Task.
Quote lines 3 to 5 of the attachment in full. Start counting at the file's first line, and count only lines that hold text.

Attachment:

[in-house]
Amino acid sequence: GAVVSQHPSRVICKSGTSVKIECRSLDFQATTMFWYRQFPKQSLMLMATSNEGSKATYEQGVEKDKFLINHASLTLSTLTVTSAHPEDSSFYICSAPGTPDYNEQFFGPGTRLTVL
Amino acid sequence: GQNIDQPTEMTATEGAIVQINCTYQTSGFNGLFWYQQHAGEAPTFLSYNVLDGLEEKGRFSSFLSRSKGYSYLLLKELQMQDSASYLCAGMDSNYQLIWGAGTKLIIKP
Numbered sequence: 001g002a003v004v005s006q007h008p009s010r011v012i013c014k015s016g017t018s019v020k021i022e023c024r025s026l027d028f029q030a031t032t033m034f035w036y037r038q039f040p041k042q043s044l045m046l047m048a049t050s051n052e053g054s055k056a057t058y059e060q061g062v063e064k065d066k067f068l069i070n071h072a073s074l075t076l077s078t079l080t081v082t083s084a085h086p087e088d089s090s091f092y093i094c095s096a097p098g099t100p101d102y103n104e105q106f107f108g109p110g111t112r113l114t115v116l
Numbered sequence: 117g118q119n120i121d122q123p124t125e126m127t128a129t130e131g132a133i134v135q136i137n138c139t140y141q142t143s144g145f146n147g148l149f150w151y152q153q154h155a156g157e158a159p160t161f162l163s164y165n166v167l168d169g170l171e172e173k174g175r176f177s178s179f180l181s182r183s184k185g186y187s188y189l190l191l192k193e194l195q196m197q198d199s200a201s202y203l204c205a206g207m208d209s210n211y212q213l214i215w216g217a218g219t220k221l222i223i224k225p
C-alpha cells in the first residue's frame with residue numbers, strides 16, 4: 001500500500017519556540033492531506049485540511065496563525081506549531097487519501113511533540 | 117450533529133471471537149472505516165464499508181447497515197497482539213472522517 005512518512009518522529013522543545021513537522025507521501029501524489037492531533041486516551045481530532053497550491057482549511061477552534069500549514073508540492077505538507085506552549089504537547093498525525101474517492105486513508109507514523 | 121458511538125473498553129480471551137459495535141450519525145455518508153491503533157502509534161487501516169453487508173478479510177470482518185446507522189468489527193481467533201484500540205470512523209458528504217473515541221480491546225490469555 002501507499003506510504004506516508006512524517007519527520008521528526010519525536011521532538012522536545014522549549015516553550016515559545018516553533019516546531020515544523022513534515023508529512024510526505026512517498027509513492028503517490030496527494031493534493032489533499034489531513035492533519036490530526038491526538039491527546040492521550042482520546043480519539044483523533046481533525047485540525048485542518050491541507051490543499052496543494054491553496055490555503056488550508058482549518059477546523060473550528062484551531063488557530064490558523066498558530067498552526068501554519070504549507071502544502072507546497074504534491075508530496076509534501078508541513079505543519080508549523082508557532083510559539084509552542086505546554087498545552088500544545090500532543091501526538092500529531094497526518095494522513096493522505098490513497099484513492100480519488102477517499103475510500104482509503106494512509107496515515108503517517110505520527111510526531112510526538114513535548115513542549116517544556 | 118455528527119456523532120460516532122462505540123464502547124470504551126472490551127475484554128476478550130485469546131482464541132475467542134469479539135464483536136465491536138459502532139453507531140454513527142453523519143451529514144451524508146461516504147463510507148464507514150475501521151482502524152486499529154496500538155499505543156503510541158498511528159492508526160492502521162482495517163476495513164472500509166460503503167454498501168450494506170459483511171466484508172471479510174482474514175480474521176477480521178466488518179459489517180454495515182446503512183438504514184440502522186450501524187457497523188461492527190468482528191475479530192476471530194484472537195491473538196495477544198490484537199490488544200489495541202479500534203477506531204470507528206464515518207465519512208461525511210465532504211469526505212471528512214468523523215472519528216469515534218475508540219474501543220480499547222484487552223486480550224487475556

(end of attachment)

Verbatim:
Amino acid sequence: GQNIDQPTEMTATEGAIVQINCTYQTSGFNGLFWYQQHAGEAPTFLSYNVLDGLEEKGRFSSFLSRSKGYSYLLLKELQMQDSASYLCAGMDSNYQLIWGAGTKLIIKP
Numbered sequence: 001g002a003v004v005s006q007h008p009s010r011v012i013c014k015s016g017t018s019v020k021i022e023c024r025s026l027d028f029q030a031t032t033m034f035w036y037r038q039f040p041k042q043s044l045m046l047m048a049t050s051n052e053g054s055k056a057t058y059e060q061g062v063e064k065d066k067f068l069i070n071h072a073s074l075t076l077s078t079l080t081v082t083s084a085h086p087e088d089s090s091f092y093i094c095s096a097p098g099t100p101d102y103n104e105q106f107f108g109p110g111t112r113l114t115v116l
Numbered sequence: 117g118q119n120i121d122q123p124t125e126m127t128a129t130e131g132a133i134v135q136i137n138c139t140y141q142t143s144g145f146n147g148l149f150w151y152q153q154h155a156g157e158a159p160t161f162l163s164y165n166v167l168d169g170l171e172e173k174g175r176f177s178s179f180l181s182r183s184k185g186y187s188y189l190l191l192k193e194l195q196m197q198d199s200a201s202y203l204c205a206g207m208d209s210n211y212q213l214i215w216g217a218g219t220k221l222i223i224k225p